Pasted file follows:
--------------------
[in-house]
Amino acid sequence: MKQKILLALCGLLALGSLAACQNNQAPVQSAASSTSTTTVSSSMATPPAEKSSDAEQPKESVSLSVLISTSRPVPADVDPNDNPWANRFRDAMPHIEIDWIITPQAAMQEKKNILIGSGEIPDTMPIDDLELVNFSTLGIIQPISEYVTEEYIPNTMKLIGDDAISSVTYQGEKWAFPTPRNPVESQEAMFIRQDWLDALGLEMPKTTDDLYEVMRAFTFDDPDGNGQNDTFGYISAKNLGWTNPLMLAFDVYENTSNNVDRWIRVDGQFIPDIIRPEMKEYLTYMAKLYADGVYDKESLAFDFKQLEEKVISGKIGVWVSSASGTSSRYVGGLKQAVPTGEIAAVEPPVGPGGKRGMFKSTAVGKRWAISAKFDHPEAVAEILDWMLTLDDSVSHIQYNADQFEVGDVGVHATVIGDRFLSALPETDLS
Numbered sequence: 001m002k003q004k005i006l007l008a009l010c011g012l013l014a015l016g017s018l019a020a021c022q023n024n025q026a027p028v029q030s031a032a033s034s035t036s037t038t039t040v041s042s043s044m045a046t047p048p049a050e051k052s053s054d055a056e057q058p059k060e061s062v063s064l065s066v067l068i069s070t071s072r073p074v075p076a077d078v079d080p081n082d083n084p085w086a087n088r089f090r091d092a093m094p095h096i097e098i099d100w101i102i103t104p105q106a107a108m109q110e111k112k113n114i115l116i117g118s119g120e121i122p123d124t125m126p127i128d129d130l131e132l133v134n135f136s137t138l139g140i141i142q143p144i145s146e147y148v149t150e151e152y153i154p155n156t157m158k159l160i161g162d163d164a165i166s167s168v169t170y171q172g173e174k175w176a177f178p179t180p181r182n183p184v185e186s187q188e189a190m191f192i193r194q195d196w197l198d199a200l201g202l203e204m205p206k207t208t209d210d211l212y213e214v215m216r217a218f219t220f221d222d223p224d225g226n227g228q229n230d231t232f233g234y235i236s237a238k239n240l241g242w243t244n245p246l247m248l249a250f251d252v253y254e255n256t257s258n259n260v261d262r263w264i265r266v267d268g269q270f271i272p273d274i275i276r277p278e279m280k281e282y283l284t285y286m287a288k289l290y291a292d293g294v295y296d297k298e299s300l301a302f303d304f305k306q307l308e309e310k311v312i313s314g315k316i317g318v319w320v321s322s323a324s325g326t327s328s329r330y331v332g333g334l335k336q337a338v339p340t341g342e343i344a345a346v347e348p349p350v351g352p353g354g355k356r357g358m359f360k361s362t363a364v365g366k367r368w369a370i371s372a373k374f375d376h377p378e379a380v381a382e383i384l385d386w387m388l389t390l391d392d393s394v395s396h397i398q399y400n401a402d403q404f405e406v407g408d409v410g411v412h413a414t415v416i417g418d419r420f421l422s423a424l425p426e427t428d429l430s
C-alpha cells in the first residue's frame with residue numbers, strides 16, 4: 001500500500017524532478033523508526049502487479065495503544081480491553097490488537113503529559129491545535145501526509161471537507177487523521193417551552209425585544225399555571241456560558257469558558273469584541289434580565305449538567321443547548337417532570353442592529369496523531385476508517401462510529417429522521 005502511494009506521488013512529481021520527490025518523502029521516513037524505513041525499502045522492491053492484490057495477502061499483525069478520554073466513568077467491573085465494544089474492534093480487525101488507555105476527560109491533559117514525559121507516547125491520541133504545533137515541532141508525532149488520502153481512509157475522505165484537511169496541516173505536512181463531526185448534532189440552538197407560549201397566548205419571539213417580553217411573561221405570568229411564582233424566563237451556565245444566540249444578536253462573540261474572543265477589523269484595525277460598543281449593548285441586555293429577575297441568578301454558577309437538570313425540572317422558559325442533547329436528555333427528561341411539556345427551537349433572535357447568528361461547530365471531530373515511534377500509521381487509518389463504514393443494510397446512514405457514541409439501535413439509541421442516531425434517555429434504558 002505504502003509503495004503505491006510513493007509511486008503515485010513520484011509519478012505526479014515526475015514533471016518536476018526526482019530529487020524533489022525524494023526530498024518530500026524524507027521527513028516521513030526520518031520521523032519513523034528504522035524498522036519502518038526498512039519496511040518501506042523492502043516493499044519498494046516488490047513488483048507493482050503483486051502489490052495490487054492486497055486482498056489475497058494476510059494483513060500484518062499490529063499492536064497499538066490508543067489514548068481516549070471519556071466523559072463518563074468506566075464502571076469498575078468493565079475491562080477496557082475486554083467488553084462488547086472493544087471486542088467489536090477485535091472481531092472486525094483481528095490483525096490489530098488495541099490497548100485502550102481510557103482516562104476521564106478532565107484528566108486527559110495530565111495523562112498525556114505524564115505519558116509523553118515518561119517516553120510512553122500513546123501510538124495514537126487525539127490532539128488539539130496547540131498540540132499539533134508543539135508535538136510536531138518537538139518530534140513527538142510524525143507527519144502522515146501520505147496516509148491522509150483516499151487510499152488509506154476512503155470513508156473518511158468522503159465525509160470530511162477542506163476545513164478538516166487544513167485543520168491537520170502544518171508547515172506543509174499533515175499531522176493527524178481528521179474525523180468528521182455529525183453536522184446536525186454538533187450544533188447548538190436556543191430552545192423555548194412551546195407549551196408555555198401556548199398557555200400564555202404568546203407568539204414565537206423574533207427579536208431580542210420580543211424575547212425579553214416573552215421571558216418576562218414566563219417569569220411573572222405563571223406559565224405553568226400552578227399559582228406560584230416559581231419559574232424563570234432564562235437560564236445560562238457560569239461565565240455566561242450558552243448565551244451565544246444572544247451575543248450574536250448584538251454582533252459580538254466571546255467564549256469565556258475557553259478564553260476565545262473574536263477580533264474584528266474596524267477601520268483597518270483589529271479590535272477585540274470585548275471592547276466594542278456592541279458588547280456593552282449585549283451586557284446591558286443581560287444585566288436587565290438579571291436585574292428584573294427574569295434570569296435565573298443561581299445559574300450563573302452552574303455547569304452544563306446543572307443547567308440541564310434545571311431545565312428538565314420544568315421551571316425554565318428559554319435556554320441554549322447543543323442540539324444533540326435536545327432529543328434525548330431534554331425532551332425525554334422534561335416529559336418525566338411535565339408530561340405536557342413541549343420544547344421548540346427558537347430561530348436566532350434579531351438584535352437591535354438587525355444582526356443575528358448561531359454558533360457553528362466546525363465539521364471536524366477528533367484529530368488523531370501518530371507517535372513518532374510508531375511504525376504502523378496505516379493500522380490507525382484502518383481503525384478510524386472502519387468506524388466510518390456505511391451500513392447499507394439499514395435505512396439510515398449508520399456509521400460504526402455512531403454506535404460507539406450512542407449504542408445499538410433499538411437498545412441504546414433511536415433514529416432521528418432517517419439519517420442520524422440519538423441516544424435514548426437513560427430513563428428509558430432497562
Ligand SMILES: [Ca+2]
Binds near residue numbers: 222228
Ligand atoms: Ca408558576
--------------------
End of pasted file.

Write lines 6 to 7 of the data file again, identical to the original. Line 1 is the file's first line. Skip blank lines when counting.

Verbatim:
Binds near residue numbers: 222228
Ligand atoms: Ca408558576